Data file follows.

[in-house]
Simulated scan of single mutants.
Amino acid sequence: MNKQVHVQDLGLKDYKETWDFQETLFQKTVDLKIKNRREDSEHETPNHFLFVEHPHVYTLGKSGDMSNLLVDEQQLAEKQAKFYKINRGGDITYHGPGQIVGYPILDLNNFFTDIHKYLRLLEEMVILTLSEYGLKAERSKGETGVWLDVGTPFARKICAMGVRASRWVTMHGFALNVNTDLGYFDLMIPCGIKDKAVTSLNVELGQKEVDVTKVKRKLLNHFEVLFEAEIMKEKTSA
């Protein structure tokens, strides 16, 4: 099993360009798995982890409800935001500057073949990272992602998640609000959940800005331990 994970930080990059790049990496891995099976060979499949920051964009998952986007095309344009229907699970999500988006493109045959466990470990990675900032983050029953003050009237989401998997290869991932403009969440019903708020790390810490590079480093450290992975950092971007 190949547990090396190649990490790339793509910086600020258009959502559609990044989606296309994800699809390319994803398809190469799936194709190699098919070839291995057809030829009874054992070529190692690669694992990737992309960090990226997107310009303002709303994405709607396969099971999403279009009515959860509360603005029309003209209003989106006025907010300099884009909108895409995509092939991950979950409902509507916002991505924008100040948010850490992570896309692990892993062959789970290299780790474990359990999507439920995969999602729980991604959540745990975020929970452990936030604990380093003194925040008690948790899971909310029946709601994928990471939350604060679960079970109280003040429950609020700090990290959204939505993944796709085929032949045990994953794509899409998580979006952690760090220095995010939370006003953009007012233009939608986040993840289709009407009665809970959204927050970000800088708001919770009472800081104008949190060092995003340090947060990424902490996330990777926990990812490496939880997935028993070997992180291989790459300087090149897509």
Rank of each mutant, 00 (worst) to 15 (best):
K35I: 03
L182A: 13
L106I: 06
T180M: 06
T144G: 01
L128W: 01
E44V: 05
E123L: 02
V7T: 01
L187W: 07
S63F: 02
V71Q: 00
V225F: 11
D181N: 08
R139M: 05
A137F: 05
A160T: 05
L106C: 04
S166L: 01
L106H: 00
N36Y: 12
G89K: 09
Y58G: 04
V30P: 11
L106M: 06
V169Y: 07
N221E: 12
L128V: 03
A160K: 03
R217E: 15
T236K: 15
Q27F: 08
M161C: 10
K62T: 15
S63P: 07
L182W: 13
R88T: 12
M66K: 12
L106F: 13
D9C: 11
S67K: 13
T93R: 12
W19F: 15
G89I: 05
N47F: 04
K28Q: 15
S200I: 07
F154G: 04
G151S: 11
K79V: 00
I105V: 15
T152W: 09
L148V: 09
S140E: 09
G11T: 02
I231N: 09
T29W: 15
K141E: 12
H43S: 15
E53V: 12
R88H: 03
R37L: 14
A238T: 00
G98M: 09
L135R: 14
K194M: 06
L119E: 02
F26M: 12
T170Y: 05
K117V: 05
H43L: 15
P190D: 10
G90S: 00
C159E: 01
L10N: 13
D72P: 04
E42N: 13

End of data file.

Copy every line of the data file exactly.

[in-house]
Simulated scan of single mutants.
Amino acid sequence: MNKQVHVQDLGLKDYKETWDFQETLFQKTVDLKIKNRREDSEHETPNHFLFVEHPHVYTLGKSGDMSNLLVDEQQLAEKQAKFYKINRGGDITYHGPGQIVGYPILDLNNFFTDIHKYLRLLEEMVILTLSEYGLKAERSKGETGVWLDVGTPFARKICAMGVRASRWVTMHGFALNVNTDLGYFDLMIPCGIKDKAVTSLNVELGQKEVDVTKVKRKLLNHFEVLFEAEIMKEKTSA
């Protein structure tokens, strides 16, 4: 099993360009798995982890409800935001500057073949990272992602998640609000959940800005331990 994970930080990059790049990496891995099976060979499949920051964009998952986007095309344009229907699970999500988006493109045959466990470990990675900032983050029953003050009237989401998997290869991932403009969440019903708020790390810490590079480093450290992975950092971007 190949547990090396190649990490790339793509910086600020258009959502559609990044989606296309994800699809390319994803398809190469799936194709190699098919070839291995057809030829009874054992070529190692690669694992990737992309960090990226997107310009303002709303994405709607396969099971999403279009009515959860509360603005029309003209209003989106006025907010300099884009909108895409995509092939991950979950409902509507916002991505924008100040948010850490992570896309692990892993062959789970290299780790474990359990999507439920995969999602729980991604959540745990975020929970452990936030604990380093003194925040008690948790899971909310029946709601994928990471939350604060679960079970109280003040429950609020700090990290959204939505993944796709085929032949045990994953794509899409998580979006952690760090220095995010939370006003953009007012233009939608986040993840289709009407009665809970959204927050970000800088708001919770009472800081104008949190060092995003340090947060990424902490996330990777926990990812490496939880997935028993070997992180291989790459300087090149897509």
Rank of each mutant, 00 (worst) to 15 (best):
K35I: 03
L182A: 13
L106I: 06
T180M: 06
T144G: 01
L128W: 01
E44V: 05
E123L: 02
V7T: 01
L187W: 07
S63F: 02
V71Q: 00
V225F: 11
D181N: 08
R139M: 05
A137F: 05
A160T: 05
L106C: 04
S166L: 01
L106H: 00
N36Y: 12
G89K: 09
Y58G: 04
V30P: 11
L106M: 06
V169Y: 07
N221E: 12
L128V: 03
A160K: 03
R217E: 15
T236K: 15
Q27F: 08
M161C: 10
K62T: 15
S63P: 07
L182W: 13
R88T: 12
M66K: 12
L106F: 13
D9C: 11
S67K: 13
T93R: 12
W19F: 15
G89I: 05
N47F: 04
K28Q: 15
S200I: 07
F154G: 04
G151S: 11
K79V: 00
I105V: 15
T152W: 09
L148V: 09
S140E: 09
G11T: 02
I231N: 09
T29W: 15
K141E: 12
H43S: 15
E53V: 12
R88H: 03
R37L: 14
A238T: 00
G98M: 09
L135R: 14
K194M: 06
L119E: 02
F26M: 12
T170Y: 05
K117V: 05
H43L: 15
P190D: 10
G90S: 00
C159E: 01
L10N: 13
D72P: 04
E42N: 13